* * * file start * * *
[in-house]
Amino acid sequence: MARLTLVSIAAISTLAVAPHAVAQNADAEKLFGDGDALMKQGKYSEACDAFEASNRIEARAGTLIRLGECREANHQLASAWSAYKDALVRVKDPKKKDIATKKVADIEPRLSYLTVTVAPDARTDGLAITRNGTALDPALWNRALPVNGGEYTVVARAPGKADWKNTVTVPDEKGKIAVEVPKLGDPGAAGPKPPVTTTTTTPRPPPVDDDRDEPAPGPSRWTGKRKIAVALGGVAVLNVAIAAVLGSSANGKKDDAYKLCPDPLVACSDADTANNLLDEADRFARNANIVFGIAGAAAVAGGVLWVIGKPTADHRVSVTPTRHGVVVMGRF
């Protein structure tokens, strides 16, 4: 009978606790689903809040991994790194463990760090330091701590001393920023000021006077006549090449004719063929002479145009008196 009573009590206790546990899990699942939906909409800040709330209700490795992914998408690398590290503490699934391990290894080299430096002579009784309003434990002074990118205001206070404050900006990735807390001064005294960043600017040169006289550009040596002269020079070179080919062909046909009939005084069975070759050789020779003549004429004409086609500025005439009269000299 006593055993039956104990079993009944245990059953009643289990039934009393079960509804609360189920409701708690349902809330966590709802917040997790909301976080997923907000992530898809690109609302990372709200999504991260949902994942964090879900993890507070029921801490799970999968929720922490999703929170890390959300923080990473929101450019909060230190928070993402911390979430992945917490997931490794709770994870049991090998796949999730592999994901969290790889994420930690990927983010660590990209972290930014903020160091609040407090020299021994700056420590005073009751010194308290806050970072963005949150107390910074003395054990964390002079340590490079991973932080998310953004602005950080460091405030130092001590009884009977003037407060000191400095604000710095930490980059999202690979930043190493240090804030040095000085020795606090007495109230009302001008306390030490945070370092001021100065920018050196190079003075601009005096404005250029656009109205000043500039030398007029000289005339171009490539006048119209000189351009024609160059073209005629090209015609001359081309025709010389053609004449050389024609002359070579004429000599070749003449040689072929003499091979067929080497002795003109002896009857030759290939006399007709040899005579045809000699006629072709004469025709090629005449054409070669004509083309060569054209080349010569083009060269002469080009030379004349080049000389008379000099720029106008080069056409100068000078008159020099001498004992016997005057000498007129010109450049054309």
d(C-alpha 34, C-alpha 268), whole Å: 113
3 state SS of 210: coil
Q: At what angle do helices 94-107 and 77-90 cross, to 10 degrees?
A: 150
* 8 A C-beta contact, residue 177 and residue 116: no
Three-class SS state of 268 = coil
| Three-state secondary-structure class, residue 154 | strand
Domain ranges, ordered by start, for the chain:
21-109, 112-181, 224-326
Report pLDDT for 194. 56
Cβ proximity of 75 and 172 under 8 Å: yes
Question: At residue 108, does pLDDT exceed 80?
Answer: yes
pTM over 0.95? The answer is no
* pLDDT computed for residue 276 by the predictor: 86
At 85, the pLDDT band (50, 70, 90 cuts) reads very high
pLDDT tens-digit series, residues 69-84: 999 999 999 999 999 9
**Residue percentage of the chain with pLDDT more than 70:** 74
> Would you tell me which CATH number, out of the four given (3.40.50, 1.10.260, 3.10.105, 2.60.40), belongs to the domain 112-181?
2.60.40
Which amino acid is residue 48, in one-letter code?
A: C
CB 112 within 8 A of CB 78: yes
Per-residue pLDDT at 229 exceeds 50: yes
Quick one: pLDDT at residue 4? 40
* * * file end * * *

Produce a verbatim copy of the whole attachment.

[in-house]
Amino acid sequence: MARLTLVSIAAISTLAVAPHAVAQNADAEKLFGDGDALMKQGKYSEACDAFEASNRIEARAGTLIRLGECREANHQLASAWSAYKDALVRVKDPKKKDIATKKVADIEPRLSYLTVTVAPDARTDGLAITRNGTALDPALWNRALPVNGGEYTVVARAPGKADWKNTVTVPDEKGKIAVEVPKLGDPGAAGPKPPVTTTTTTPRPPPVDDDRDEPAPGPSRWTGKRKIAVALGGVAVLNVAIAAVLGSSANGKKDDAYKLCPDPLVACSDADTANNLLDEADRFARNANIVFGIAGAAAVAGGVLWVIGKPTADHRVSVTPTRHGVVVMGRF
């Protein structure tokens, strides 16, 4: 009978606790689903809040991994790194463990760090330091701590001393920023000021006077006549090449004719063929002479145009008196 009573009590206790546990899990699942939906909409800040709330209700490795992914998408690398590290503490699934391990290894080299430096002579009784309003434990002074990118205001206070404050900006990735807390001064005294960043600017040169006289550009040596002269020079070179080919062909046909009939005084069975070759050789020779003549004429004409086609500025005439009269000299 006593055993039956104990079993009944245990059953009643289990039934009393079960509804609360189920409701708690349902809330966590709802917040997790909301976080997923907000992530898809690109609302990372709200999504991260949902994942964090879900993890507070029921801490799970999968929720922490999703929170890390959300923080990473929101450019909060230190928070993402911390979430992945917490997931490794709770994870049991090998796949999730592999994901969290790889994420930690990927983010660590990209972290930014903020160091609040407090020299021994700056420590005073009751010194308290806050970072963005949150107390910074003395054990964390002079340590490079991973932080998310953004602005950080460091405030130092001590009884009977003037407060000191400095604000710095930490980059999202690979930043190493240090804030040095000085020795606090007495109230009302001008306390030490945070370092001021100065920018050196190079003075601009005096404005250029656009109205000043500039030398007029000289005339171009490539006048119209000189351009024609160059073209005629090209015609001359081309025709010389053609004449050389024609002359070579004429000599070749003449040689072929003499091979067929080497002795003109002896009857030759290939006399007709040899005579045809000699006629072709004469025709090629005449054409070669004509083309060569054209080349010569083009060269002469080009030379004349080049000389008379000099720029106008080069056409100068000078008159020099001498004992016997005057000498007129010109450049054309």
d(C-alpha 34, C-alpha 268), whole Å: 113
3 state SS of 210: coil
Q: At what angle do helices 94-107 and 77-90 cross, to 10 degrees?
A: 150
* 8 A C-beta contact, residue 177 and residue 116: no
Three-class SS state of 268 = coil
| Three-state secondary-structure class, residue 154 | strand
Domain ranges, ordered by start, for the chain:
21-109, 112-181, 224-326
Report pLDDT for 194. 56
Cβ proximity of 75 and 172 under 8 Å: yes
Question: At residue 108, does pLDDT exceed 80?
Answer: yes
pTM over 0.95? The answer is no
* pLDDT computed for residue 276 by the predictor: 86
At 85, the pLDDT band (50, 70, 90 cuts) reads very high
pLDDT tens-digit series, residues 69-84: 999 999 999 999 999 9
**Residue percentage of the chain with pLDDT more than 70:** 74
> Would you tell me which CATH number, out of the four given (3.40.50, 1.10.260, 3.10.105, 2.60.40), belongs to the domain 112-181?
2.60.40
Which amino acid is residue 48, in one-letter code?
A: C
CB 112 within 8 A of CB 78: yes
Per-residue pLDDT at 229 exceeds 50: yes
Quick one: pLDDT at residue 4? 40